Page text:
After receiving his Bachelor’s degree in Psychology from Frostburg State University, Christopher Wedding began his career in the mental health field working at a half-way house for youth with developmental disabilities and co-morbid addiction issues in Maryland. Chris interacted with the individuals on a social basis, while also counseling them regarding everyday life problems. After two years, Chris moved on to become a Residential Advisor for the Maryland center of a national postsecondary program for students with disabilities. In this role, he helped students work through everyday life problems, and coached them on how to deal with roommate disagreements. He also taught such things as public transportation use, everyday living skills, and problem-solving strategies.
Chris is currently working as a Supported Employment Manager for autistic adults. He helps adults with autism find jobs in the community, and trains the staff on individual behavior issues. He lives in Frederick, Maryland and hopes to continue to advance in the field of mental health working with individuals with ASD.
With any job, you have your good days and your bad days. For me as a manager, a bad day is when a lot of staff has to have off and the day becomes very stressful.
With April being Autism Awareness Month, everyone is getting into the spirit of helping out when it come to this cause.
As we get older, one of the major decisions that we have to make is when to retire. For some people, their employer makes that decision for them with a “forced retirement.”
When it comes to being a Supported Employment Manager, it is just as important to listen to the individuals as the staff for problems with the jobsite.
There are many different scenarios in working as a Supported Employment Manager with adults with autism.
It is that time of year again, when families get together for holidays and people start Christmas shopping.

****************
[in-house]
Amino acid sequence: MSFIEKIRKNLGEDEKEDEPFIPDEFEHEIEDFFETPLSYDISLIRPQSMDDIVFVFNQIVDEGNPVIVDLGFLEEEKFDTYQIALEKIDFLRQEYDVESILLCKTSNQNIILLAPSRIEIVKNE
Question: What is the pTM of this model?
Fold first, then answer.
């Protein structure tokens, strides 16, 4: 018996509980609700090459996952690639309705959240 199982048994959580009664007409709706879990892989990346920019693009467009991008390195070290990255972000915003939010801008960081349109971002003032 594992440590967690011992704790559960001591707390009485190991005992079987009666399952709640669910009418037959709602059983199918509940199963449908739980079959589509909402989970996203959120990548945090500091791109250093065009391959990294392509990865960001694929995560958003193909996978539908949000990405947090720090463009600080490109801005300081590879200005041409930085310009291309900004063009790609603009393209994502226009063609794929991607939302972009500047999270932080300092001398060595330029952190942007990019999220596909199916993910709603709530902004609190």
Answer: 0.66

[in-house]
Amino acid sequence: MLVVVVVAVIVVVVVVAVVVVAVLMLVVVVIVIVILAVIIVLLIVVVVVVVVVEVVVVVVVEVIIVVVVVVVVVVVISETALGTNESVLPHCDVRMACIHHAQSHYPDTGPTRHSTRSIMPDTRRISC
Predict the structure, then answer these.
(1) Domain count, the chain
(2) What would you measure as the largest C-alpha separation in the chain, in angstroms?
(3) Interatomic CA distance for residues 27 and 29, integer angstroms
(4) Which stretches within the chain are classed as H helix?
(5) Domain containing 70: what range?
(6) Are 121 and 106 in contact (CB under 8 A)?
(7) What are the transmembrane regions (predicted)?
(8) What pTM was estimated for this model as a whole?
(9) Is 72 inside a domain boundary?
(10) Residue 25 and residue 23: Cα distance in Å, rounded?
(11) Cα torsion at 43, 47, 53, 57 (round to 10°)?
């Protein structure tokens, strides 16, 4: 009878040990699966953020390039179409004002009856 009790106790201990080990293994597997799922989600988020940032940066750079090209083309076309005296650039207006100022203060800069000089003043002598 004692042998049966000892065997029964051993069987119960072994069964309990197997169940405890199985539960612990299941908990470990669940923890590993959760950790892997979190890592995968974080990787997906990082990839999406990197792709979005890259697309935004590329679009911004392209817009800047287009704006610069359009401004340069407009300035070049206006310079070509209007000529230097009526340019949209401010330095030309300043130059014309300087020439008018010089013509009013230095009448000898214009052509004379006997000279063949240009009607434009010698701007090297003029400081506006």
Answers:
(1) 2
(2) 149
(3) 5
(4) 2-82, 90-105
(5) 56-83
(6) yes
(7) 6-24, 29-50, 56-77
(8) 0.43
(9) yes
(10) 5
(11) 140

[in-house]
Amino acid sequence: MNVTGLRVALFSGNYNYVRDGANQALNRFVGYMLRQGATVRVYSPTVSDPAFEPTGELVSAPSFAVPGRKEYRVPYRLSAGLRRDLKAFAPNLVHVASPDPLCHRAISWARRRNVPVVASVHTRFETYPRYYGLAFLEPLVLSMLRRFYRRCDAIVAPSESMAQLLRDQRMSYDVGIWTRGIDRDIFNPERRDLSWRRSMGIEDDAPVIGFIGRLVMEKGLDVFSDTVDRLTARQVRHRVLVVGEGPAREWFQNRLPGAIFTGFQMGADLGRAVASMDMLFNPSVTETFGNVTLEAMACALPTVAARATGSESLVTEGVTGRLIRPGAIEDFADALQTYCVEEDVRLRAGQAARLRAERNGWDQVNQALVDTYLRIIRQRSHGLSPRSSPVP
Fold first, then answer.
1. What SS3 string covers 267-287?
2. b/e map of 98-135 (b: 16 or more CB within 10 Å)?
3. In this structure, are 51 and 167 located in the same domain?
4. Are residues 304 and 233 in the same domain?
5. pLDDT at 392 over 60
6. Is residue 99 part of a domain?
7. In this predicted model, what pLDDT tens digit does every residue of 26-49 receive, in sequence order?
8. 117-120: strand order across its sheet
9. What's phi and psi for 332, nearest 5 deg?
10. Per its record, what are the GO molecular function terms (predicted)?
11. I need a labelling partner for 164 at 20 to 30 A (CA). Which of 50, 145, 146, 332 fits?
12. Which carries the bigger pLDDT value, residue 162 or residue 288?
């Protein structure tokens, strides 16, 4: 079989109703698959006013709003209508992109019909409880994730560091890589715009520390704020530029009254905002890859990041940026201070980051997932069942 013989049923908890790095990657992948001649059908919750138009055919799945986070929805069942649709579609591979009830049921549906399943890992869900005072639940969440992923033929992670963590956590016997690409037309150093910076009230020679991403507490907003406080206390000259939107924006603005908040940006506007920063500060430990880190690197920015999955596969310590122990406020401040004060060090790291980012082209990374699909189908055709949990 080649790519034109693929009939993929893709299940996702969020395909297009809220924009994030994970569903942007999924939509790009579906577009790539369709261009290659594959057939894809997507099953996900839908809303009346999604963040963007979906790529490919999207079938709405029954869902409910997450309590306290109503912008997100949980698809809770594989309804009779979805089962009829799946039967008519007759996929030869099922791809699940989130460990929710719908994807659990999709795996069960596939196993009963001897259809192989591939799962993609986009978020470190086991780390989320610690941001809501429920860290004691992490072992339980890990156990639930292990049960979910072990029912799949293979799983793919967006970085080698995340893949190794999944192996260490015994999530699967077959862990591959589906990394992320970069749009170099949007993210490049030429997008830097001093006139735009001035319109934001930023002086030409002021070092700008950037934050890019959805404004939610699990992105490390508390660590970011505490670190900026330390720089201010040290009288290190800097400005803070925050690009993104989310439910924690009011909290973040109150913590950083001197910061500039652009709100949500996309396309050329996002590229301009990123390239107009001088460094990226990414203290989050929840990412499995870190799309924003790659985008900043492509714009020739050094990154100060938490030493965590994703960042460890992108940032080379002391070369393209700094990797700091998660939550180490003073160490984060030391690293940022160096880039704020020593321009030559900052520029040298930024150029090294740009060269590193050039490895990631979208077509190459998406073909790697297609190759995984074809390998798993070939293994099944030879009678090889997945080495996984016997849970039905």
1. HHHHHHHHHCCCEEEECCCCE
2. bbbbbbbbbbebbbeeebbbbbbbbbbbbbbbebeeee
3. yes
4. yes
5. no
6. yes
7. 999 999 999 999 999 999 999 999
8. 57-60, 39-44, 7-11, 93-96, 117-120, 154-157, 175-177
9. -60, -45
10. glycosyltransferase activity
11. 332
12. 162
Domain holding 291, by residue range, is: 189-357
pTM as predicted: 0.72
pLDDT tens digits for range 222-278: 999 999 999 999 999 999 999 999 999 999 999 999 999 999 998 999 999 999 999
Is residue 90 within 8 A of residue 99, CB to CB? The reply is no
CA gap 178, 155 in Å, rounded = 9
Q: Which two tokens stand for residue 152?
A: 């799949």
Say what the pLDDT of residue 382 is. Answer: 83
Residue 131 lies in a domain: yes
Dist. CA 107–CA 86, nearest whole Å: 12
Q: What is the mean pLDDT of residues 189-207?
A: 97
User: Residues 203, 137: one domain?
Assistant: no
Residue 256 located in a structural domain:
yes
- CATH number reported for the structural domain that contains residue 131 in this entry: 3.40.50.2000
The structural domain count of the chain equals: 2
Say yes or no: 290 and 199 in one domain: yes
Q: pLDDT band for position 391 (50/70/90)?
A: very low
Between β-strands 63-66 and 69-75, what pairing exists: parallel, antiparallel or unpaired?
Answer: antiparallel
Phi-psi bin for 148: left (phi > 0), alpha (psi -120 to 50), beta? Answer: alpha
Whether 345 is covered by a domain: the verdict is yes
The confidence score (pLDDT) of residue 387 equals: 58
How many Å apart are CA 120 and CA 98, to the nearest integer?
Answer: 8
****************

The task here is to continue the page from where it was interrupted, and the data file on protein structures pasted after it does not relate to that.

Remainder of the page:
As a parent, you are a legal guardian. You're responsible for your child's welfare, education and health. As the parent of a child with autism, of course, you're also responsible for therapies...
As the founder of the Asperger Syndrome Training & Employment Partnership (ASTEP), I hear from many parents about the struggles their adult children have obtaining ...
Imagine yourself to be a rookie cop, two years “on the road,” patrolling an average-sized town in America.
Imagine that you had a tremendous gift, one that could inspire a nation, raise autism awareness ...
These days, when one hears “Healthcare,” political strife is often the first thing that comes to mind.
These days autism appears to be the disorder du jour and headlines about the newest autism breakthroughs are everywhere. Sometimes filled with jargon or unfamiliar references,...
We have previewed and commented on the "How-To" videos below. Some of these are simple; others are fairly complex. Refer to these yourself, or use them with your adult child or student to help teach and generalize skills. Please note that some videos may contain skills which require support or training. You must determine which are appropriate for you, your adult child, or your student to use safely. Also note that as these videos come from other websites, they may contain pop-up ads. Click on an icon to see category index. Click here for full index.
Search the Autism After 16 website using the form above. You may alter your search settings on the search results page.